If you want to modify your corkboard with fabric or glued-on embellishments, choosing a suitable glue ensures you won't be left with an unsightly mess stuck to the cork but not to the other object. While everything from craft glue to hot glue or spray adhesive may work, check the glue container to ensure the adhesive is suitable for both the surfaces you're attaching.
Hot Glue Galore
Hot glue, which comes in sticks designed for use in a glue gun, adheres to an abundance of surfaces, including cork. To stick a thin corkboard sheet onto another object, apply lines of hot glue around the perimeter of the corkboard's back and a few lines in the middle areas. To stick small items onto the corkboard, such as buttons or wine corks cut in half to make a border, apply the glue first to the backs of the objects instead. Hot glue may not work on some types of foam such as upholstery foam or shipping foam -- the heat may melt the material. Test the glue with a scrap piece of the non-cork material first to be sure it works properly. General-purpose hot glues that work on cardboard or wood generally work well with cork.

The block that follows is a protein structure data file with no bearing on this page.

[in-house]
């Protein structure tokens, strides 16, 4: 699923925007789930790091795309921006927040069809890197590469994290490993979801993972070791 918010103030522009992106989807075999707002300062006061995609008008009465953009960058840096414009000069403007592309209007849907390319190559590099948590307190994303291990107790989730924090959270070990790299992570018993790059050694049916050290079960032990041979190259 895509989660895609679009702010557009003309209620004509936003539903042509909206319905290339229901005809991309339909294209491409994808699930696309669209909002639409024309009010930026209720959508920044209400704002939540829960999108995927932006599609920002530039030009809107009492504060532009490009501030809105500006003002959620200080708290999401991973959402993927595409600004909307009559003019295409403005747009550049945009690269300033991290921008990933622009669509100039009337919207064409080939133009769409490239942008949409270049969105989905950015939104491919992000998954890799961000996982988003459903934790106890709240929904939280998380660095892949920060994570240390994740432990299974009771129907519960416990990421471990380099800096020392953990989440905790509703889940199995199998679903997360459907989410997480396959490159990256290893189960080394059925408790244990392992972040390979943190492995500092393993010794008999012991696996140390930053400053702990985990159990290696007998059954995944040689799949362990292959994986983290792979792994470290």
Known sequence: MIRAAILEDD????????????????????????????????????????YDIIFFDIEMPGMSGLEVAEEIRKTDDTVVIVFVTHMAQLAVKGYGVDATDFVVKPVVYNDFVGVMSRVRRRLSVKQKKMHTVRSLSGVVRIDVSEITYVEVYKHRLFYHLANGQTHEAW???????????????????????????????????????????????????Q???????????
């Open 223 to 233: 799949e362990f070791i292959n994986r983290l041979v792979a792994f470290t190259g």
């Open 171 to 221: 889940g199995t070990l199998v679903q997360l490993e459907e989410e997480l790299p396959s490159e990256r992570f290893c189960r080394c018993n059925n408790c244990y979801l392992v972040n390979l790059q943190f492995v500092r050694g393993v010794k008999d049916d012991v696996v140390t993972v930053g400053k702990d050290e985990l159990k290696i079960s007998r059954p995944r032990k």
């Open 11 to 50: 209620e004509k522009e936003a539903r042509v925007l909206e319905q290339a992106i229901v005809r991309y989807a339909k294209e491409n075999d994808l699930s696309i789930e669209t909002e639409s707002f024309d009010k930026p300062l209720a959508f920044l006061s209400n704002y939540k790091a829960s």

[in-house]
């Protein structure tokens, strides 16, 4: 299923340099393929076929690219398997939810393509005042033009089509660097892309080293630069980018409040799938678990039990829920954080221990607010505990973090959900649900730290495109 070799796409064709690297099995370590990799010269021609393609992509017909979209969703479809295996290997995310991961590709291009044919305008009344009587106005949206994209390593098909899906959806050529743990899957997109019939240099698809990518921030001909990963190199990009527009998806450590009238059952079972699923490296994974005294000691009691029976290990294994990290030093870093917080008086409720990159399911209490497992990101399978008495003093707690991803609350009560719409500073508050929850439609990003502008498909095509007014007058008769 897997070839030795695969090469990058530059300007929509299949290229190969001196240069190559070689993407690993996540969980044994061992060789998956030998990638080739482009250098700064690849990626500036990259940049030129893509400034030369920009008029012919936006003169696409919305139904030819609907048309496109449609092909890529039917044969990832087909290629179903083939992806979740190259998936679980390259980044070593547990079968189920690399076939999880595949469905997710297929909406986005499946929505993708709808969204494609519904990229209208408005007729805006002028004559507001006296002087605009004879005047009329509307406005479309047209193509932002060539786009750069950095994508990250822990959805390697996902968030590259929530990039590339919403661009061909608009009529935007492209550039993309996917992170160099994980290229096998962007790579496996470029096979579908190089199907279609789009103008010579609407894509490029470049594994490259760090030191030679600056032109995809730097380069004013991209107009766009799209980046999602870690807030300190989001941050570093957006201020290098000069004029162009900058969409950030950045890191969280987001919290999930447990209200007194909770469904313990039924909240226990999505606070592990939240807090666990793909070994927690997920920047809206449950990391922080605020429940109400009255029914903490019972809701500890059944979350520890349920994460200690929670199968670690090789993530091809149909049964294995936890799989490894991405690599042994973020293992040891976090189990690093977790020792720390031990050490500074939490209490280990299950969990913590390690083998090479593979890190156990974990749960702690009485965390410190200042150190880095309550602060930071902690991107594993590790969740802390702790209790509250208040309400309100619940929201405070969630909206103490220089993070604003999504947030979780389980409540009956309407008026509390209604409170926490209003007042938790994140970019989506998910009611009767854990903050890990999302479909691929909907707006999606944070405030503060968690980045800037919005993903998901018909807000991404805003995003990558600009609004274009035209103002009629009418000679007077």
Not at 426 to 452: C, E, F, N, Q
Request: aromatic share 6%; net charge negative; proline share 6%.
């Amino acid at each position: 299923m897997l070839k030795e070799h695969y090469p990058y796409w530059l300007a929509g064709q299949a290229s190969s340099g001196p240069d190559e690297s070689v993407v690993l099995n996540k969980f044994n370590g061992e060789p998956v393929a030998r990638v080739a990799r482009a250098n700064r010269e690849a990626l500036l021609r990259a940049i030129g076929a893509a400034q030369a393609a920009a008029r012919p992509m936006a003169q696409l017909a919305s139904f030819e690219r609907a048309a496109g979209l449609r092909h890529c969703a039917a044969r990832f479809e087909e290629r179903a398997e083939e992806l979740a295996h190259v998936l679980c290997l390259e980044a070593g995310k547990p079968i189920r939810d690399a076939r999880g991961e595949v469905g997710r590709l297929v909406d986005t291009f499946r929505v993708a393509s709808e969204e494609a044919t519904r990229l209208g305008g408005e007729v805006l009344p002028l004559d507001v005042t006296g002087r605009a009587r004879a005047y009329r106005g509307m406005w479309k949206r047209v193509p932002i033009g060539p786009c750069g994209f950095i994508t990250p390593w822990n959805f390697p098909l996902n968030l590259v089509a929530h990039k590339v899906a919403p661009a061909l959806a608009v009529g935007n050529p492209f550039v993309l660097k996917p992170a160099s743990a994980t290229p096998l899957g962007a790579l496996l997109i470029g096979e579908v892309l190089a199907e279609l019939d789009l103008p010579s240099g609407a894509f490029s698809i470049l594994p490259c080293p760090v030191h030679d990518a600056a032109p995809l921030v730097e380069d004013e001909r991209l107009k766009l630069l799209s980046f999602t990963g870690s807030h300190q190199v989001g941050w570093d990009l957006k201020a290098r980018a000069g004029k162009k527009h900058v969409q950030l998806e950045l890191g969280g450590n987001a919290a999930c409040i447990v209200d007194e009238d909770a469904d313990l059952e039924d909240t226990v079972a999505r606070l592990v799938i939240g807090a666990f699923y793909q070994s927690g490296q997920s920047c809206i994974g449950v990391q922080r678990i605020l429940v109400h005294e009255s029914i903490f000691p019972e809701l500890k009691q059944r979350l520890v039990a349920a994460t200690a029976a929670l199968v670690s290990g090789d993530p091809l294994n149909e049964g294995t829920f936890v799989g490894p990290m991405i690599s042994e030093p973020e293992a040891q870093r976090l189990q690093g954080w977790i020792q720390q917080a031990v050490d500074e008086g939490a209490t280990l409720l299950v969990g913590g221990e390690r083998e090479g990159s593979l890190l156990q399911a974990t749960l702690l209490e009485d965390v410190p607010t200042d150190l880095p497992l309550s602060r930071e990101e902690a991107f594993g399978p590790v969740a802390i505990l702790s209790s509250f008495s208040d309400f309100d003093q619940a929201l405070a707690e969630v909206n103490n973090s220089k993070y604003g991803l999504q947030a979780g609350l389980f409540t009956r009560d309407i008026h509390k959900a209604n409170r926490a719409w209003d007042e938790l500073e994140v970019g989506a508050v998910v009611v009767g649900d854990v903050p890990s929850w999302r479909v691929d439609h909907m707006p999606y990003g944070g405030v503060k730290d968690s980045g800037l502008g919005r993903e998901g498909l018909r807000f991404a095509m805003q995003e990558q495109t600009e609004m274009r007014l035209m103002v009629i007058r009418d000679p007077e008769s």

Spray Adhesive for Large Areas
General-purpose spray adhesives that work on wood or fabric also adhere to corkboard. Spray adhesives are messy and do not offer a great deal of spraying control, so use this only for larger objects. For instance, spray adhesive is ideal for adhering lightweight corkboard to a plywood panel or the backing board from a picture frame, but it's not a good choice for gluing beads or small paper cutouts to the corkboard because of the mess involved. Check the can before using spray adhesive -- some brands recommend spraying the glue onto both surfaces, waiting a minute or two, then pressing the items together.
School Glue Simplicity
Regular white glue, also known as school glue, adheres corkboard to many other materials, especially if the second material is porous. Apply a bead of glue over the back of the material being adhered to cork. To repair thin corkboard sheeting that has pulled away from its backing board, apply lines of glue to either the cork or the backing material, spreading the glue thin with your finger or a foam brush. Wood glues also work well for cork. These common white and yellow glues work best for adhering cork to porous materials; they most likely will not hold cork to metal or plastic.
Multipurpose craft adhesives and epoxies adhere cork to numerous materials; check the adhesive package first to ensure you make the best choice. Any craft glue designed for paper, wood and fabric should stick to corkboard as well. Glues that adhere to porous materials are generally not the same glues that work best on nonporous substances, so you may need an epoxy or "super" style craft adhesive to bond metal or plastic to your corkboard. Some of the stronger glues and epoxies also emit strong fumes and should be used only in well-ventilated areas; check the package for warnings to be sure.